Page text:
Researchers at Lund University in Sweden have identified a recombinant strain of HIV—meaning it’s a cross of two previously identified strains—that develops into AIDS in roughly 5 years. Most other strains of HIV take closer to eight years to progress to AIDS.
In an article for the Journal of Infectious Disease, researchers identify the new strain of HIV as A3/02. It is concentrated in West Africa, but there is concern that similar recombinant strains could spread internationally. A3/02 is not necessarily the fastest progressing strain of HIV.
As Professor Phalguni Gupta of the Pittsburgh School of Graduate Health told ABC News, “There are some HIV types here in the United States that take as little as two years to develop into AIDS.”
Still, researchers are monitoring A3/02 closely. They want to see, among other things, if the new strain transmits more easily than other strains.
Meanwhile, there’s more hopeful news coming from the other side of the Atlantic. Researchers at New York’s Yeshiva University announced that they have had success in treating HIV with radioimmunotherapy (RIT), a well-known cancer treatment. In laboratory tests, researchers tested RIT on blood samples from people who receive highly active antiretroviral therapy (HAART).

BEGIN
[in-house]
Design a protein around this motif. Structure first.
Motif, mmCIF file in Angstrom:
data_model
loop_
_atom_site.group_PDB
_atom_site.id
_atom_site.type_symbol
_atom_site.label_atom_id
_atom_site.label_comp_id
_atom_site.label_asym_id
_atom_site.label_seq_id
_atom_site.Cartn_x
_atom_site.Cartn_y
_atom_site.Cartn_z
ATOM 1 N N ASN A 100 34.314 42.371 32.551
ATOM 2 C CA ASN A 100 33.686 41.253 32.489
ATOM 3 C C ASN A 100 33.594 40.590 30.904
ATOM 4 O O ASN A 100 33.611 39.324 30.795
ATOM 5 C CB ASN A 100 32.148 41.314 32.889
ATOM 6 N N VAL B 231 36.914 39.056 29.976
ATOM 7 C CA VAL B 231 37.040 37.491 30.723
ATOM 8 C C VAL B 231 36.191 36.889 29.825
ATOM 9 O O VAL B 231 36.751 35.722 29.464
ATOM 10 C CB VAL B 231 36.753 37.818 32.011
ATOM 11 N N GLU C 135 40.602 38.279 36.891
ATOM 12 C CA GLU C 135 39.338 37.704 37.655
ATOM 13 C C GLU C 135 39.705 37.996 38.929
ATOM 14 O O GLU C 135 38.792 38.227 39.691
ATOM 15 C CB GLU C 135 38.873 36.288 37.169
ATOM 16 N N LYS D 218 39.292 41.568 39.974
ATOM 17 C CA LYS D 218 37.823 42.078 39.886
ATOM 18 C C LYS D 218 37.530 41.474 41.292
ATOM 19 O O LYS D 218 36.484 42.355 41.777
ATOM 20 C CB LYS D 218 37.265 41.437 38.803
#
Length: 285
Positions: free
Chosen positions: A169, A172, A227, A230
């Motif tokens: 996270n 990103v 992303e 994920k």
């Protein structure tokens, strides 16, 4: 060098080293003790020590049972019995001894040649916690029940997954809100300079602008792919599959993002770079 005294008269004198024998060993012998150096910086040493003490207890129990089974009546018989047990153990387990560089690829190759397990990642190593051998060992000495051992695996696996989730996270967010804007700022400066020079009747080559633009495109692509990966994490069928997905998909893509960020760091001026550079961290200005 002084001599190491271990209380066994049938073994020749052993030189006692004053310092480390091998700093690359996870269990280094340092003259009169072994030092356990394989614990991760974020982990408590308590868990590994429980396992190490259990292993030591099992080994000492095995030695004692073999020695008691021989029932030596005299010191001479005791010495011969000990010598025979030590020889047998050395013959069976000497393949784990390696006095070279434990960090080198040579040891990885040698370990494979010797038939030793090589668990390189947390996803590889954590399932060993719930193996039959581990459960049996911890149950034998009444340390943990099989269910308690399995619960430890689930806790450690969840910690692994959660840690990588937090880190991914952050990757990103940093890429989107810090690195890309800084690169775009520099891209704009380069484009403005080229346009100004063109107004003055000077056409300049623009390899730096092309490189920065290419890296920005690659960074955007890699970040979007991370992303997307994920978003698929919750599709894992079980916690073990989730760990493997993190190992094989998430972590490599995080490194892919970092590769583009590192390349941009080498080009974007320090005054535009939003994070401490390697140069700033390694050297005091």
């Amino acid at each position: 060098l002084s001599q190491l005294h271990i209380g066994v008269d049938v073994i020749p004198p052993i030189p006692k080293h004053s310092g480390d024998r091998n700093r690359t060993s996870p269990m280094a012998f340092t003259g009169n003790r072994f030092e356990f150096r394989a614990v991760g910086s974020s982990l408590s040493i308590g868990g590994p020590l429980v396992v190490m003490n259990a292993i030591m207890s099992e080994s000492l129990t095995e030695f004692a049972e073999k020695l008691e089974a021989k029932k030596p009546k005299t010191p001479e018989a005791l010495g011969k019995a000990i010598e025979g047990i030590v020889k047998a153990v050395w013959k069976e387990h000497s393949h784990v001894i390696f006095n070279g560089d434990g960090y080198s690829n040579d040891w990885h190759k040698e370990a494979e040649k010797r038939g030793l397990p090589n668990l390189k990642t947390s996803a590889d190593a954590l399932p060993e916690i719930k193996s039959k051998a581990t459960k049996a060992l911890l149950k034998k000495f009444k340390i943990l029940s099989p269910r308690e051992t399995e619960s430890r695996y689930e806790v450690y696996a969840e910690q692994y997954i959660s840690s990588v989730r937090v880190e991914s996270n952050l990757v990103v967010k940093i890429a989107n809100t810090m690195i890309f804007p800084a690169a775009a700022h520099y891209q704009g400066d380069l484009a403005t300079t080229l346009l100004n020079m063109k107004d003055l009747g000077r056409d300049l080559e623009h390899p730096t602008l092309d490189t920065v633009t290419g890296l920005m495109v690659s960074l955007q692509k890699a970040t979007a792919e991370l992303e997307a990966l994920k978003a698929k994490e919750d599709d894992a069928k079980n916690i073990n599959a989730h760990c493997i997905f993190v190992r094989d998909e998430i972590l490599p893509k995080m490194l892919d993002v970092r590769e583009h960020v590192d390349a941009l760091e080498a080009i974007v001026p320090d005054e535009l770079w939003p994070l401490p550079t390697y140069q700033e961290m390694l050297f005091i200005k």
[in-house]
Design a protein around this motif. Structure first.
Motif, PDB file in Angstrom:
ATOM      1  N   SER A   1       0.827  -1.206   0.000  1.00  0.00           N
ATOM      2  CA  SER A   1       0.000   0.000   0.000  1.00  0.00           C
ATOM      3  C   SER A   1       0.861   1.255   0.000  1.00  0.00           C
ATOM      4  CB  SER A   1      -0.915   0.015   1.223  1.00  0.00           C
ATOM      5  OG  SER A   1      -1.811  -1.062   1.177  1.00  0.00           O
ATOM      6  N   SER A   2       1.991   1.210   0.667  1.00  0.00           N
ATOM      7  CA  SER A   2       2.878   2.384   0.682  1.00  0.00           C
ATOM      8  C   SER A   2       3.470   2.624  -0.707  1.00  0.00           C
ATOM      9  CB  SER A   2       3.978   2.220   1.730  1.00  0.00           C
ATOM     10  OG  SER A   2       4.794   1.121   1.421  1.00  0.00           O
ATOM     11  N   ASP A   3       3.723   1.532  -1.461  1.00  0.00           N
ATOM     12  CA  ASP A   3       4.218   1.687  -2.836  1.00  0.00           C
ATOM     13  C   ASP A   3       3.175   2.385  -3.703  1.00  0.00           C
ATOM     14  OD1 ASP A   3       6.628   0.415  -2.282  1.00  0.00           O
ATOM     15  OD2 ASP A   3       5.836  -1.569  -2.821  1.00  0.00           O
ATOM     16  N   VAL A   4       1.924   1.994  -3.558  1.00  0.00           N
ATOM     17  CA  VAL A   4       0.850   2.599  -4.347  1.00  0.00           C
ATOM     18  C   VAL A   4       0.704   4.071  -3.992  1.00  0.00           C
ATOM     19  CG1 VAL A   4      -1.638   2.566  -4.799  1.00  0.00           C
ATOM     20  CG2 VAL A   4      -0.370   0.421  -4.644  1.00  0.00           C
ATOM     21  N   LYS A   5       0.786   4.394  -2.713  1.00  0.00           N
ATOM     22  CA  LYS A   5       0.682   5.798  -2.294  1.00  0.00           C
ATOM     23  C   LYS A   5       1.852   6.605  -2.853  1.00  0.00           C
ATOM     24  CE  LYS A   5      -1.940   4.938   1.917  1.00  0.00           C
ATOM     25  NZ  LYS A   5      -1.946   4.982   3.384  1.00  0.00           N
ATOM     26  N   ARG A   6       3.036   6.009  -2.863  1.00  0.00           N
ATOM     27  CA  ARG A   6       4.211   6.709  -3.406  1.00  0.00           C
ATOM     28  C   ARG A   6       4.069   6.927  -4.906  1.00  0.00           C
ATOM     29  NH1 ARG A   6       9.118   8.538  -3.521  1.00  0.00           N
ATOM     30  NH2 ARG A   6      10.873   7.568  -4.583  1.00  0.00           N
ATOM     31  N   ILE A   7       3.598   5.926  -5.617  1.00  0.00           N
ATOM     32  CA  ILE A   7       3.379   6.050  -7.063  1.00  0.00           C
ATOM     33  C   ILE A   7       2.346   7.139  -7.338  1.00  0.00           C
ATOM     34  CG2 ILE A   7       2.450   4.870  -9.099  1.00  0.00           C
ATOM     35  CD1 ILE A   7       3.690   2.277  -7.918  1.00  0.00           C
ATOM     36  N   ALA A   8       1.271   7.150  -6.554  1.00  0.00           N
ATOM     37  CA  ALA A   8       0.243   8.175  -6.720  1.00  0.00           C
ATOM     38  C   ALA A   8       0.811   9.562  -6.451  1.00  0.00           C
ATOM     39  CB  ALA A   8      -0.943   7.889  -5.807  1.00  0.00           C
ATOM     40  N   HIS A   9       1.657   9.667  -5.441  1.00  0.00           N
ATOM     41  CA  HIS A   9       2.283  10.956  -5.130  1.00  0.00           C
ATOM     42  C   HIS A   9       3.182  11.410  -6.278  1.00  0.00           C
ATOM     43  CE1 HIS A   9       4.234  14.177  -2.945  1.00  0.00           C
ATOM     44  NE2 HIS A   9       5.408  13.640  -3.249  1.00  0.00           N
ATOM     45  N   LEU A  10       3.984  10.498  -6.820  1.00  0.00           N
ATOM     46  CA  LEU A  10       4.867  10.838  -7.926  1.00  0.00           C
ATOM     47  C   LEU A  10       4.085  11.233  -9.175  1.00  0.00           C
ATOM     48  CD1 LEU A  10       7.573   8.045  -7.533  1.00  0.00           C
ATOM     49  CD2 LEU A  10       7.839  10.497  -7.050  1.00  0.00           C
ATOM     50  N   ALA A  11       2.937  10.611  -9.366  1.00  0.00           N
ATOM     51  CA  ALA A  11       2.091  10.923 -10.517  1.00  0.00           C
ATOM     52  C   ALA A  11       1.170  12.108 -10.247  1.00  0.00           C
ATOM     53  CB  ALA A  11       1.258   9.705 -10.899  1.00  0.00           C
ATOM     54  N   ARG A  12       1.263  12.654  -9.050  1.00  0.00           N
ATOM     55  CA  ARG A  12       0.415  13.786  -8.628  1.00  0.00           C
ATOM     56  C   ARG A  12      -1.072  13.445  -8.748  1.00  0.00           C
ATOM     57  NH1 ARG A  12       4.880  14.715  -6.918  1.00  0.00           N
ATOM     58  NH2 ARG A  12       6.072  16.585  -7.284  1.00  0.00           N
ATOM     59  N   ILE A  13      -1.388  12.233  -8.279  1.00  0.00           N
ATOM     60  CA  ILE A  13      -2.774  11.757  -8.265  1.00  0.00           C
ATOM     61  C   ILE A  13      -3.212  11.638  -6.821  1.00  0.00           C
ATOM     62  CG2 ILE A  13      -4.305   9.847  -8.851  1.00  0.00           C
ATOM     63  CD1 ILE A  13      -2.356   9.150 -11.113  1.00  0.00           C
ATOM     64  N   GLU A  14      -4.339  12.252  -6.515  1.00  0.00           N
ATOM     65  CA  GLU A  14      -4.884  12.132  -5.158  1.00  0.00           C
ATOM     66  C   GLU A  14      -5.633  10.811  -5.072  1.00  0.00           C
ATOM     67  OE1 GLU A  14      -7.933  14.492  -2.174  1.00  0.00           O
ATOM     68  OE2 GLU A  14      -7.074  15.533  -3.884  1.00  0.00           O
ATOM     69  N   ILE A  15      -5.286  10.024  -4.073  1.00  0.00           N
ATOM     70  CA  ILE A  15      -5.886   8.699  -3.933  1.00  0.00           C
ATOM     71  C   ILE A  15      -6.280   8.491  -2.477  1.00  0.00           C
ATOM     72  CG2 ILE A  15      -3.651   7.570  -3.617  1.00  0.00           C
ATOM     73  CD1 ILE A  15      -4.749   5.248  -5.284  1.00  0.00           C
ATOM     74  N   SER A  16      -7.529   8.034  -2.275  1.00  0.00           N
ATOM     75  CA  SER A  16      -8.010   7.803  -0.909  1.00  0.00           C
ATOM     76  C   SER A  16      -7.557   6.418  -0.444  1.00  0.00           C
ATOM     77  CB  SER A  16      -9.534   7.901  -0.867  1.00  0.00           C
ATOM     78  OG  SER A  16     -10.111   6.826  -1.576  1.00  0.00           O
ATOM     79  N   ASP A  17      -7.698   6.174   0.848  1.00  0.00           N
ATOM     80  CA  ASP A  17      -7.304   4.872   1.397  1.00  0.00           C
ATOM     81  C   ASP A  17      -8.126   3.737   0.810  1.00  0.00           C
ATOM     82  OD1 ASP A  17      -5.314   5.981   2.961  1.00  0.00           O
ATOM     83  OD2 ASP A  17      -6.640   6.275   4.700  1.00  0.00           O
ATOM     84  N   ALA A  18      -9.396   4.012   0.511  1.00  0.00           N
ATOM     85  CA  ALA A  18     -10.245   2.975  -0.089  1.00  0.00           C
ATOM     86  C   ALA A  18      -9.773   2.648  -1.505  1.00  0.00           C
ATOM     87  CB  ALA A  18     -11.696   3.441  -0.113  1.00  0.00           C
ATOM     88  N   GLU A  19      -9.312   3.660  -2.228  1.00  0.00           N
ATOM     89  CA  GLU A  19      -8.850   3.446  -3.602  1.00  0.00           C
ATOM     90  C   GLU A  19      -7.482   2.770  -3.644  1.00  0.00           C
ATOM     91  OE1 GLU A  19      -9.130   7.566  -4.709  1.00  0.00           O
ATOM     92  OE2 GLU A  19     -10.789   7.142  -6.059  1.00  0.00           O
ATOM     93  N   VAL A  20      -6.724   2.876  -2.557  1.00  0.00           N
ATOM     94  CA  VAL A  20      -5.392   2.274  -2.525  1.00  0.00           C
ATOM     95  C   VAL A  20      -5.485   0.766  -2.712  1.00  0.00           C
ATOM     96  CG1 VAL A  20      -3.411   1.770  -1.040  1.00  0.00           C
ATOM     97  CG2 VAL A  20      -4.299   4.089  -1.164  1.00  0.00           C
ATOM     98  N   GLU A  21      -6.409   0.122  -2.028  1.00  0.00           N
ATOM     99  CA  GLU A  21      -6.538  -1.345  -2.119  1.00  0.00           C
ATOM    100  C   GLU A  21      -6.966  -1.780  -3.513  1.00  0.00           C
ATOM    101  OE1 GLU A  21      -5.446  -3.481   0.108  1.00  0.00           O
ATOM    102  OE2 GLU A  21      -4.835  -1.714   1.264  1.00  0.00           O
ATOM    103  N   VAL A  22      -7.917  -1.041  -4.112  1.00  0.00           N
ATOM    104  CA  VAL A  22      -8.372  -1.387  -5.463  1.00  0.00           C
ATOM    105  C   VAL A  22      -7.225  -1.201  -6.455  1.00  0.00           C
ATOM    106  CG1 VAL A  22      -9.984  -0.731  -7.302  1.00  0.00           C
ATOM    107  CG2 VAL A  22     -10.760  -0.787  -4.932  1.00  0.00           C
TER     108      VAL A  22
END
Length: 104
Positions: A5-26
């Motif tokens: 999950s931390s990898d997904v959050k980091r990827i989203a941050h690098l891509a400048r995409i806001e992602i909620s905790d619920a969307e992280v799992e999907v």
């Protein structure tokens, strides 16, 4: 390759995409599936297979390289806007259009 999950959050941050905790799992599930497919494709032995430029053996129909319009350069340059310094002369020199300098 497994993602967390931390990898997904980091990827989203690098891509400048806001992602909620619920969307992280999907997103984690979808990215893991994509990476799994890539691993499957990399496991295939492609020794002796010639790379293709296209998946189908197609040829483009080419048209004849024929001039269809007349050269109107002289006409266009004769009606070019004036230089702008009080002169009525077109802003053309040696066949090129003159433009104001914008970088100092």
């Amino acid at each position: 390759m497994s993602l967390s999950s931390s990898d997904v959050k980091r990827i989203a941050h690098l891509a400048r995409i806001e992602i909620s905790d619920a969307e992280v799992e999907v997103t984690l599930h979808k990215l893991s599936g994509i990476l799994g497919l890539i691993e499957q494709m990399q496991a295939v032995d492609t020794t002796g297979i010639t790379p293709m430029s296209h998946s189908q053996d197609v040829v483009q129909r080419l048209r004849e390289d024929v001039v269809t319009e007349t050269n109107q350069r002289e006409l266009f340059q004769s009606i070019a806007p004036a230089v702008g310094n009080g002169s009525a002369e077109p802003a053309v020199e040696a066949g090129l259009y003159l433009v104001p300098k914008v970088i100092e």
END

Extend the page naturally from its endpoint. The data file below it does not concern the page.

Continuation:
HAART is used to treat nearly 9 million HIV+ people worldwide. It prevents the virus from multiplying in the bloodstream, but it does not kill the infected cells. The research out of Yeshiva indicates that RIT, when used in conjunction with HAART, could successfully target infected immune cells without harming healthy cells in the process. In other words, it could do more than just slow the virus; it could eradicate it completely.
Project leader Dr. Ekaterina Dadachova explained in a press release, “We found that radioimmunotherapy could kill HIV-infected cells both in blood samples that received antiretroviral treatment and within the central nervous system, demonstrating RIT offers real potential for being developed into an HIV cure.”